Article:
- Published: 14 January 2022 14 January 2022
A new report has laid bare the impacts of the higher transmission charges faced by Scottish offshore wind generators compared to projects in the south of Great Britain.
The research, commissioned by the Scottish Offshore Wind Energy Council (SOWEC), was carried out by ITPEnergised, and uses the latest National Grid ESO forecasts for Transmission Network Use of System charges.
While charges are already highest in northern Scotland and lowest in SW England, the report finds that charges in some zones are expected to double, compounding the challenge for Scottish projects to lower the cost of energy, compete for government subsidies and attract continued investment into the sector. The report shows that:
- The difference in charges between the highest and lowest tariff zones is also projected to double from 2016/17 to 2026/27, increasing from £23 to £48 for every kW of capacity connected to the transmission network.
This will see annual charges for a notional 1GW project range from in excess of £33m in the northwest of Scotland to a ‘negative charge’ of -£9m in southwest England in 2026/27.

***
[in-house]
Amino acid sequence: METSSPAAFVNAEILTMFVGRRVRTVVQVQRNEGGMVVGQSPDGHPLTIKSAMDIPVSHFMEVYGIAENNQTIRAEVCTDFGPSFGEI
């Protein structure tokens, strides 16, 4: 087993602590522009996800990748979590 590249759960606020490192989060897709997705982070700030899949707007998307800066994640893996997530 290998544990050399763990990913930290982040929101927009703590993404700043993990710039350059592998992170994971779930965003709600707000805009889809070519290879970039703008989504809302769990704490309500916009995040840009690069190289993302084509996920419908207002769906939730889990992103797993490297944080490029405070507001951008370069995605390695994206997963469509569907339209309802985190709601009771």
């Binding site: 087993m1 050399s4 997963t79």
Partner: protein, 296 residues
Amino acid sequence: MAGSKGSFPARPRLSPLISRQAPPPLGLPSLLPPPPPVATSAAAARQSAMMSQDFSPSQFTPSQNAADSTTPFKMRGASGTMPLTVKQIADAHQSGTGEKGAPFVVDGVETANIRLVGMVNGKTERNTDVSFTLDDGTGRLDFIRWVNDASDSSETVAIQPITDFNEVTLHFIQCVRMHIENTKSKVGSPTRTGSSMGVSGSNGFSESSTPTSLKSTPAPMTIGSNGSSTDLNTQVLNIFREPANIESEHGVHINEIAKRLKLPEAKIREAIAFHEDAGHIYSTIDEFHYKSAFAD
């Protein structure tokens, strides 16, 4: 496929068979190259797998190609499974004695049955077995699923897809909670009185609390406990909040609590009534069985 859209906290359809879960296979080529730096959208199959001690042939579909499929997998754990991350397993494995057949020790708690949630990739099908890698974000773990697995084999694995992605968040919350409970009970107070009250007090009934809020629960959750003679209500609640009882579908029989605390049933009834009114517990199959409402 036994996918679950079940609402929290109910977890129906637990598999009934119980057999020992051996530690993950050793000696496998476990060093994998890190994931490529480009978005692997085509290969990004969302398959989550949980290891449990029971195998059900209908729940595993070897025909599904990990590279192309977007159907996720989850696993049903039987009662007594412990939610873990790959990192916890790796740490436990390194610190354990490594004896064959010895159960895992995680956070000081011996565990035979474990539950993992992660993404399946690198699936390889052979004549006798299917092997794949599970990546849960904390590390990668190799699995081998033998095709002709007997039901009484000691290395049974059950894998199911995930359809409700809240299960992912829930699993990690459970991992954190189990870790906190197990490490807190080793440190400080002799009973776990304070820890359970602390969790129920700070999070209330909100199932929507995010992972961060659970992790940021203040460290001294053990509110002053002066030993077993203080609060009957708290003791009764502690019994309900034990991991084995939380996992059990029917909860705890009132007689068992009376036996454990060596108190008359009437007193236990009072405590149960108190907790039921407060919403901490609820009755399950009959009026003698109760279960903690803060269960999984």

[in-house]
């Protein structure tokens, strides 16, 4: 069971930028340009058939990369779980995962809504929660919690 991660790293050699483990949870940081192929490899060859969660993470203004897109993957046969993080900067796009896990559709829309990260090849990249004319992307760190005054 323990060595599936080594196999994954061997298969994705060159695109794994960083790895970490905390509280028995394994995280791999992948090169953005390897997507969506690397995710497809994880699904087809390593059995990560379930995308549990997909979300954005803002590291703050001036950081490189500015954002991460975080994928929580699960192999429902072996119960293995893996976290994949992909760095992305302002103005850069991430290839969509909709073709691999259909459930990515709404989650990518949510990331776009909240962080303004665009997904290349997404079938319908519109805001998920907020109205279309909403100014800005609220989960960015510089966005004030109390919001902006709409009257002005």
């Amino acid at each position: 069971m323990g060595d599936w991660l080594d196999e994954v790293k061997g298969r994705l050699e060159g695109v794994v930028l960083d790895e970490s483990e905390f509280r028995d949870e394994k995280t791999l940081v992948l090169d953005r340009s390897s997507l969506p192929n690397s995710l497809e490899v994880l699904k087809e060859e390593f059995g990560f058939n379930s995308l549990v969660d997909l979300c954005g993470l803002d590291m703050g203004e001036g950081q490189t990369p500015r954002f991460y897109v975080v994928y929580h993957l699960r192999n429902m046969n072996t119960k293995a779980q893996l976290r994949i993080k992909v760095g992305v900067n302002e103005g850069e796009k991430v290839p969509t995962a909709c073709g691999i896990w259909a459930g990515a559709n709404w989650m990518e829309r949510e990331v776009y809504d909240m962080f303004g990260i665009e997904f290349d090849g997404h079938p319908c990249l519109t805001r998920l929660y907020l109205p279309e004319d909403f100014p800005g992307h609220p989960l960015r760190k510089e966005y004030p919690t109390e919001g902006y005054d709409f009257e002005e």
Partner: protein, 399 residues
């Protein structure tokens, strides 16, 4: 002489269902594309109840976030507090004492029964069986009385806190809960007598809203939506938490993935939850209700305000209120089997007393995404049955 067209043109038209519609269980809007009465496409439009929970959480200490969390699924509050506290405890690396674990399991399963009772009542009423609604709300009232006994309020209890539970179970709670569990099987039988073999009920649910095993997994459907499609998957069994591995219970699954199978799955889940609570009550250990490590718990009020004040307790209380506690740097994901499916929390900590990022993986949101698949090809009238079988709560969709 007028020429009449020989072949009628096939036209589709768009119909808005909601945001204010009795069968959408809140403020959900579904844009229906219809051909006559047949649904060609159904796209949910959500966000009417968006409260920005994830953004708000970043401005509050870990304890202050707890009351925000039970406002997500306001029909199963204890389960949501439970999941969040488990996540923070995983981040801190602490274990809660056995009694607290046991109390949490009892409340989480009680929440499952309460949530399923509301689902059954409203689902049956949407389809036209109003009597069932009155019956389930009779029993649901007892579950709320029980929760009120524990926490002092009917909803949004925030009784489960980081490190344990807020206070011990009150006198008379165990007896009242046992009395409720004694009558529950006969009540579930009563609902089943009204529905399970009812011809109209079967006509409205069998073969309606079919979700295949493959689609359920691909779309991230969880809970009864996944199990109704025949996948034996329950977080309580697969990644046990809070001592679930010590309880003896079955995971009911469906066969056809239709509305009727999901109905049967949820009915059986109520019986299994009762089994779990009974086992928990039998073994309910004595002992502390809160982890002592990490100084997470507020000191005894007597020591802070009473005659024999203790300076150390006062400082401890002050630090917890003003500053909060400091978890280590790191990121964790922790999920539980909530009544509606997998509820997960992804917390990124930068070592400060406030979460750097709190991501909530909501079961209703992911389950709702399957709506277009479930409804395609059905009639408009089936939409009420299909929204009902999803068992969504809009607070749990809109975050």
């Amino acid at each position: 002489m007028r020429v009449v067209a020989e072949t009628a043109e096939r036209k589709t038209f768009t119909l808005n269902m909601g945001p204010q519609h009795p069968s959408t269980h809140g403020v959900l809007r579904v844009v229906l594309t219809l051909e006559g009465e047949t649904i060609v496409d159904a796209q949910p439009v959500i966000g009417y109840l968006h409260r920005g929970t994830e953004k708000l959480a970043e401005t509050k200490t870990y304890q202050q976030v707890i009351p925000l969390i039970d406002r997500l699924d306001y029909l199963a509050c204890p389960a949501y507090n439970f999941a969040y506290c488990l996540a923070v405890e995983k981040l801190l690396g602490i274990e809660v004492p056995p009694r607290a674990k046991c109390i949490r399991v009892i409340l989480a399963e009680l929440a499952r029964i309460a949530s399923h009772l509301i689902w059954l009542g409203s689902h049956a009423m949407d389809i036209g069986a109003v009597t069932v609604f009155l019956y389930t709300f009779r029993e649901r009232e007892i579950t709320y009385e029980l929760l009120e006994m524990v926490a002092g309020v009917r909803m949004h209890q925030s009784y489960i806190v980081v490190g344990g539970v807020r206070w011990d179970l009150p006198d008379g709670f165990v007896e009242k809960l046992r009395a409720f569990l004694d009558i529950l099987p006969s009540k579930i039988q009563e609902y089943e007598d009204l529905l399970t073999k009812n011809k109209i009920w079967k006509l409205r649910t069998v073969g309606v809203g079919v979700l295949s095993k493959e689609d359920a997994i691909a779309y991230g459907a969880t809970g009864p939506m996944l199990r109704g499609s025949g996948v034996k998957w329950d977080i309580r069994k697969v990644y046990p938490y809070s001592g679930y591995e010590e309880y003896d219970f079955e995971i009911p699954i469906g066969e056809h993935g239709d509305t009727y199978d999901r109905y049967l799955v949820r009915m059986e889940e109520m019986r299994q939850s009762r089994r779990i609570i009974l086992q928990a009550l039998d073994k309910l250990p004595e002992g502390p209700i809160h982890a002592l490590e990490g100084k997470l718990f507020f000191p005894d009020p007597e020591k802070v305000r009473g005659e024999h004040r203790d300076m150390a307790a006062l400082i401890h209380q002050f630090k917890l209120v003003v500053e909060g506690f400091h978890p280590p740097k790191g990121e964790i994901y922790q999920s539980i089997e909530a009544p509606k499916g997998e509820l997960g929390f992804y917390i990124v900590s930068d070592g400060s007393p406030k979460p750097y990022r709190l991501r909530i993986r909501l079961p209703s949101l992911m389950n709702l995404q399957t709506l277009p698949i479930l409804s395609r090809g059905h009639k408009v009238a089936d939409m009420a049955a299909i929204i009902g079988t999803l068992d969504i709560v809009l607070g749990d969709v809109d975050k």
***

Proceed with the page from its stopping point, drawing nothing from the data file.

When translated into the impact on the cost of each energy produced, presuming a constant load factor of 51 per cent:
- The impact of charges on the cost of energy would range from £7.43/MWh to -£2.04/MWh, a difference of £9.47/MWh.
- The maximum difference between potential ScotWind and Crown Estate Leasing Round 4 projects is £8.36/MWh (Zone 4 = £7.43; Zone 25 = -£0.93).
- Transmission Network Use of System (TNUoS) would cost Scottish projects eligible to bid in CfD Allocation Round 4 between £0.96 and £8.09 per MWh more than projects off the east coast of England. The biggest cost differences would occur for projects connecting in the north of Scotland (transmission zone 1 which is the zone closest to the majority of ScotWind leasing zones).
For comparison, successful offshore wind projects in the 2019 CfD Allocation Round secured strike prices of between £39.65 and £41.61 per MWh, meaning that transmission charges represent up to 20 per cent of project bids in the worst-affected parts of Scotland.